ESA looks to space summit to endorse human spaceflight efforts

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WASHINGTON — The head of the European Space Agency says he hopes an upcoming space summit provides a political endorsement for major European space initiatives, including a human space exploration program.

At a Jan. 18 press conference to discuss his agency’s plans for the year, ESA Director General Josef Aschbacher said a Feb. 16 space summit of ESA and European Union member states in Toulouse, France, will be an opportunity for convince European politicians to support initiatives that could include giving Europe its own ability to launch people into space.

The summit is two meetings in one: the first half of the day will be a meeting of the E.U.’s Competitiveness Council in its “space configuration,” Aschbacher said, with ministers of ESA’s member states meeting later in the day. There will also be a joint lunch with discussions on climate change and human space exploration, as well as an address by French President Emmanuel Macron at the end of the day.

“The way that we are setting up the agenda is that they are interleaved, that they form one coherent package, and they depend on each other,” he said. “It’s a very integrated meeting that is providing one big picture for Europe.”

A major topic for discussion is likely to involve European human spaceflight. Since becoming head of the agency last year, Aschbacher has suggested Europe pursue its own ability to fly its astronauts, rather than rely on the U.S. or Russia to fly them on their spacecraft. Human space exploration was one of two long-term “inspirator” initiatives endorsed by ESA members at a November meeting.

At the press conference, he noted that in addition to China, Russia and the U.S., India is developing its own human spaceflight program that could start launching people as soon as next year. “They all have their own ship to discover the next frontier, and that means the next economic zone, which is the moon and beyond,” he said. “Europe doesn’t have such a ship.”

“This is a debate that is so important because, I think, this is going way beyond space. It’s not just a space discussion,” he said. “This is a political discussion that affects all elements of society.”

A special guest at the press conference was ESA astronaut Thomas Pesquet, who spent six months on the International Space Station last year and offered his endorsement of a new human spaceflight initiative. “We, as a group of European explorers, believe that Europe should be bold in space exploration. We are ready to boldly go and explore for Europe, if we are given the mandate,” he said.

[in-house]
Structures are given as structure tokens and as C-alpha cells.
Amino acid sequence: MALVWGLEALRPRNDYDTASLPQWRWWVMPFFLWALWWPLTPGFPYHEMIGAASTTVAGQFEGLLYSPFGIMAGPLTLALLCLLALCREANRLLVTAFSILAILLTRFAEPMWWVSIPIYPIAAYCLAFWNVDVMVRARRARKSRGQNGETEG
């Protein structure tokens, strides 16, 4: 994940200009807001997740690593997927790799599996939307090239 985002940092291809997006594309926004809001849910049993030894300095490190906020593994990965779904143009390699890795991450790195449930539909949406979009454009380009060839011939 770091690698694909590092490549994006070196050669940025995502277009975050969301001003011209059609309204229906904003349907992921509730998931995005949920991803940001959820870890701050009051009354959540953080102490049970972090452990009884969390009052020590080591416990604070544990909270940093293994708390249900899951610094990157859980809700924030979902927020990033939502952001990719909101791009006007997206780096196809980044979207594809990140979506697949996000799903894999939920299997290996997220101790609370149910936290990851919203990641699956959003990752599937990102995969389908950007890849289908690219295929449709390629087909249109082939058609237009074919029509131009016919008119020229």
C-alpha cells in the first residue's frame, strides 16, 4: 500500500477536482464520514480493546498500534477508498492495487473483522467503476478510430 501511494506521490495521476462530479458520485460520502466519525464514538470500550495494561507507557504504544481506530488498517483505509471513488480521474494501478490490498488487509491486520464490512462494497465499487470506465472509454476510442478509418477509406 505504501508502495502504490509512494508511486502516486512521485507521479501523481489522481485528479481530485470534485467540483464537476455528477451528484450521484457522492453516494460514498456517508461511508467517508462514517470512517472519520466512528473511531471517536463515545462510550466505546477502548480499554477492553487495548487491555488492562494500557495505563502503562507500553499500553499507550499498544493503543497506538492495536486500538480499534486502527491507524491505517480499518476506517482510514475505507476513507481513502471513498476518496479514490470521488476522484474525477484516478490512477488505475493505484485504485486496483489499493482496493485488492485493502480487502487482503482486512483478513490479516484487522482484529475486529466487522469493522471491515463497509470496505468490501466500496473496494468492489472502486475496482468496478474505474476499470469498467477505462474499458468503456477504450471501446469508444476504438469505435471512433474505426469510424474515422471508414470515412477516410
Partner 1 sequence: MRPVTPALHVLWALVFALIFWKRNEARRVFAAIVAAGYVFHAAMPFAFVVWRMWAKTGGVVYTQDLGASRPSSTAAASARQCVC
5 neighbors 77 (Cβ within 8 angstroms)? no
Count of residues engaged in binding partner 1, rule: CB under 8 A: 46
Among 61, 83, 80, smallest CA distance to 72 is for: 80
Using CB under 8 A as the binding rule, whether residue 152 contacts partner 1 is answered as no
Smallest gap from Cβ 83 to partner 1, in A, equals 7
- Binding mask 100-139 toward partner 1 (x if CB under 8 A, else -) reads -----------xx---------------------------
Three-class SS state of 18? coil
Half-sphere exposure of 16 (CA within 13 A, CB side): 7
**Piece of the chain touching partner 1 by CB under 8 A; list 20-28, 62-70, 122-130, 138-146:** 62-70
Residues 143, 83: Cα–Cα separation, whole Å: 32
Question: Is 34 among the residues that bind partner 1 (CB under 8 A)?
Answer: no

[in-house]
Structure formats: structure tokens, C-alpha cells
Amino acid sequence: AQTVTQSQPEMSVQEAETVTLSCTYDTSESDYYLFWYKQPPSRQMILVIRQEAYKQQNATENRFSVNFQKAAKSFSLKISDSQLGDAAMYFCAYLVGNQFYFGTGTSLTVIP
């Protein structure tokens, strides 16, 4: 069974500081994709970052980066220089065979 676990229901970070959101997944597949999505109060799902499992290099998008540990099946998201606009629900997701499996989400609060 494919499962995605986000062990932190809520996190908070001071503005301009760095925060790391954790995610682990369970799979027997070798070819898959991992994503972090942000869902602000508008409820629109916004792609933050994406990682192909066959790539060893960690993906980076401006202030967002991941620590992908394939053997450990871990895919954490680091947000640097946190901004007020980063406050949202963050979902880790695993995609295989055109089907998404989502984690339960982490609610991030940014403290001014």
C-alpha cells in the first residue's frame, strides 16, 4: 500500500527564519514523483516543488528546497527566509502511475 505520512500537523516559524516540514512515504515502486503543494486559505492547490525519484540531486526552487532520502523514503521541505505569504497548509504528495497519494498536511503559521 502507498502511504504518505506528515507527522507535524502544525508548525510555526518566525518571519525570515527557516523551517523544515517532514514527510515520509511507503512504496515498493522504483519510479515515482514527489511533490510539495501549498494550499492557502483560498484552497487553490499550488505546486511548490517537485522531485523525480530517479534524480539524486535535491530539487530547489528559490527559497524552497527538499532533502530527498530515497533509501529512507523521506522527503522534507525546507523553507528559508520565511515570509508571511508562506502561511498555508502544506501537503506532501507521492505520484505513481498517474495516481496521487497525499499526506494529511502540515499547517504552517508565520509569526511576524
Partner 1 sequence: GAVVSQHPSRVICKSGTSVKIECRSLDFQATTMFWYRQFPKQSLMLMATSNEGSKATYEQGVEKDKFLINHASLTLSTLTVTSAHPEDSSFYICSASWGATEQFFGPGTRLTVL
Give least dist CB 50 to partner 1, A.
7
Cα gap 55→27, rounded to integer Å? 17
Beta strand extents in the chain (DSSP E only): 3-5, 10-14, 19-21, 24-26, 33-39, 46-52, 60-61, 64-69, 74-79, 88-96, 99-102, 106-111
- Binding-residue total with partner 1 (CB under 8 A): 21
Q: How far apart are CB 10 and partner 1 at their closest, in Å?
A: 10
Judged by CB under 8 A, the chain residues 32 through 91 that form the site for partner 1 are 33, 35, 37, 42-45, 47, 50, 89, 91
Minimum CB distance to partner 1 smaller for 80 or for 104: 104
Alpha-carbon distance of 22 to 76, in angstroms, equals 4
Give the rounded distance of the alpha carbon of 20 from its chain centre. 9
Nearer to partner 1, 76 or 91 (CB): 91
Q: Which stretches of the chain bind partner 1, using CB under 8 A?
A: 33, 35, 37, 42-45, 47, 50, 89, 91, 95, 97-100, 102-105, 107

Aschbacher said he’s looking for an endorsement of a European human space exploration capability at the space summit that would kick off planning for what such a program would entail. “It’s not a decision of budgets, but it’s a political decision where member states of the E.U. and ESA meet and discuss what Europe should be doing in the future in space.”

Asked what he would consider a successful outcome of the space summit, Aschbacher said that on human spaceflight he was looking for a political endorsement to study options for such a program. “I would certainly hope to get a very good debate by the political establishment in Europe,” he said. “Hopefully, a mandate that we have to work on this to make concrete proposals.” Those proposals would take about a year to develop, he added.

Human spaceflight will not be the only topic of the summit. Other issues include the other initiatives endorsed by ESA at the November meeting, which include climate change, using space assets for rapid response to crises and space safety. Another issue likely to come up is the E.U.’s interest in developing a satellite constellation for secure communications and broadband access.

“I would hope that we get a political endorsement” for those efforts, he said, with slight differences for each activity based on their programmatic frameworks.

The space summit is one of two major political meetings for ESA in 2022. Late this year ESA will hold its triennial ministerial meeting, where member states make decisions on what programs to pursue and the funding they will provide for them.

Planning for the ministerial meeting, including the package of programs ESA will seek support for, “is going very well,” Aschbacher said. “It’s an ambitious one, but, of course, we do need strong political support.”